Random thoughts

Hey, I don’t have much else this week.  Sorry.

Mr. Verbose here struggled to even sit at the keyboard let alone type something out. See friends, I entered the weekend feeling pretty miserable, hoping the weekend would never end, when I knew it would. There were a few nice things that happened along with some non-negative thoughts Shabbat and Sunday, so there is something to be said for that. But the good, or at least the non-bad, is always temporary it seems, and I just could not get the writing juices really flowing.

Friday night’s Shabbat meal was great. My sister as usual, along with my brother-in-law and nephew made another great meal. I look forward each week to that meal. Comfort food, comfort family. My sister makes the best soup, there is schnitzel and dishes that have become traditional for Shabbat in our family. Just seeing familiar faces and eating that great food makes me feel better. For a bit. The conversation is nice too. It can get political, or be about local Jewish news, or Israel, maybe there will be a Dvar Torah (Torah insights thoughts), etc.

By the way, a fairly new entry in the dessert part of the Shabbat meal is quickly becoming a tasty, customary staple. Trader Joe’s Chocolate Brooklyn Babka. If chocolate is your thing, this will be your Shabbat cake ritual. Trust me. (You are lucky you can’t see me salivating and shuttering right now at the thought of a piece of babka.)

As we were chatting during the meal, I wondered loudly why when it comes to the big three of meat proteins, cow meat is called beef and pig meat is called pork, but chicken meat is not called something other than chicken? Why isn’t there a name for chicken meat? See, dear readers? This is the kind of mishigas you have to deal with from me when I am feeling down.

My nephew told me about the pro-Israel rally in New York City he attended last week and his seeing the usual Neturei Karta (anti-Zionist Chassidic sect) knuckleheads alongside Arabs to protest against Israel. Aside from their typical Israel bashing, they actually had a sign proclaiming, “Women who wear skirts above their knees, their kids will die four years earlier.” No kidding. Abraham, the father of the Jewish people, when looking down from Heaven at these disgusting creatures, must get pretty nauseous.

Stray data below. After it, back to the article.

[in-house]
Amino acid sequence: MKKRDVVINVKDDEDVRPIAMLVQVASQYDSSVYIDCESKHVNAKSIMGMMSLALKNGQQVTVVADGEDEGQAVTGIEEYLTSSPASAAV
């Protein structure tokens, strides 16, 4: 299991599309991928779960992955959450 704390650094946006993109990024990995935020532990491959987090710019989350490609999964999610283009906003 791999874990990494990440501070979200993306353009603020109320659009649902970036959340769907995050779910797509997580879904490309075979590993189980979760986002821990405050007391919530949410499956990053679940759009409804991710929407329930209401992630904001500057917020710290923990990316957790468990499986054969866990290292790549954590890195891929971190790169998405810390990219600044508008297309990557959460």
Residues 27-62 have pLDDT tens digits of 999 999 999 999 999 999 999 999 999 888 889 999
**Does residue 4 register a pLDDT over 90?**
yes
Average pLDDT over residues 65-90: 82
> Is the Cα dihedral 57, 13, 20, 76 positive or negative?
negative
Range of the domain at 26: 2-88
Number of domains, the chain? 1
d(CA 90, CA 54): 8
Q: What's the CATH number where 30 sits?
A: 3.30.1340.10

I like the three “jewels” of the US equine world known as the Triple Crown, three difficult races; one of those races is in my hometown Baltimore (the Preakness Stakes). Now I don’t gamble and I am not into horseracing, but being Baltimore is in the mix, that may be part of why I am interested. Also, the horse is my favorite animal. They are so beautiful and even look noble to me in a way. Finally, it is so hard to win all three races. That had not happened since 1978. Till yesterday.  Including Saturday’s winner, American Pharoah, there have been only 12 Triple Crown winners in the 140 years of these three racing venues. The horse is owned by an Orthodox Jewish Egyptian. Mazal Tov!

After I watched that magnificent 3-year old animal glide to victory, I thought I would just write about horses, like where they are mentioned in the Torah and the Talmud, and maybe expound a little, but I just didn’t have the will to do any research. So there.

I also thought I would write a column about Pamela Geller and this whole freedom of speech thing even if it is offensive speech. (I still may.) You may know Ms. Geller is the one who had that “Draw the Prophet” cartoon contest in Texas a few weeks ago where a couple of terrorists came by to try and kill everyone but were instead killed by Texas law enforcement. Go Texas. Anyway, she still makes the news because she will periodically debate some pundit or news journalist on TV who is more worried about Muslims and their feelings than Christians or Jews or others, and their lives. Also, just last week, Boston police killed a knife-wielding terrorist whose goal was to behead Geller. Go Boston.

And as I had written once before I am sick and tired of this “the Prophet” Muhammad thing when the media refer to Muhammad. “The Prophet” this, and “The Prophet Muhammad that.” Hey, we don’t say the Prophet Moses, etc. So Muhammad, Muhammad, Muhammad.  Muhammad.

Two of my former Bar Mitzvah students, one who just turned 15 and to whom I still teach other synagogue services such as Megillat (the Scroll of) Ruth which he chanted spectacularly a couple weeks back on the holiday of Shavuot, and his older brother recently graduated from college, performed the Torah reading and the Haftorah reading respectively on Shabbat morning, and beautifully so. I am one proud teacher. I had a new Bar Mitzvah student this past weekend as well. A joy, really. Smart kid, eager to learn, sweet voice. I can’t wait for the next lesson.

Last night, while surfing around, I saw some blurb on the 60’s group, The Seekers. A great-sounding Australian quartet, three guys and a girl, with tremendous, harmonious voices. During one stretch of time their music actually outsold The Beatles and The Rolling Stones. For the next hour and a half I listened to their songs and watched an interview of them. I must have listened to their three biggest hits three or four times each. Watch and listen to them on YouTube, it’s worth it. You know, I would like to go to Australia one of these days. While my rickety bones are still capable of movement, lol.

Alas, the weekend has passed. Heavy sigh.

About the Author
Shia Altman who hails from Baltimore, MD, now lives in Los Angeles. His Jewish studies, aerospace, and business and marketing background includes a BA from the University of Maryland and an MBA from the University of Baltimore. When not dabbling in Internet Marketing, Shia tutors Bar and Bat Mitzvah, and Judaic and Biblical Studies to both young and old.
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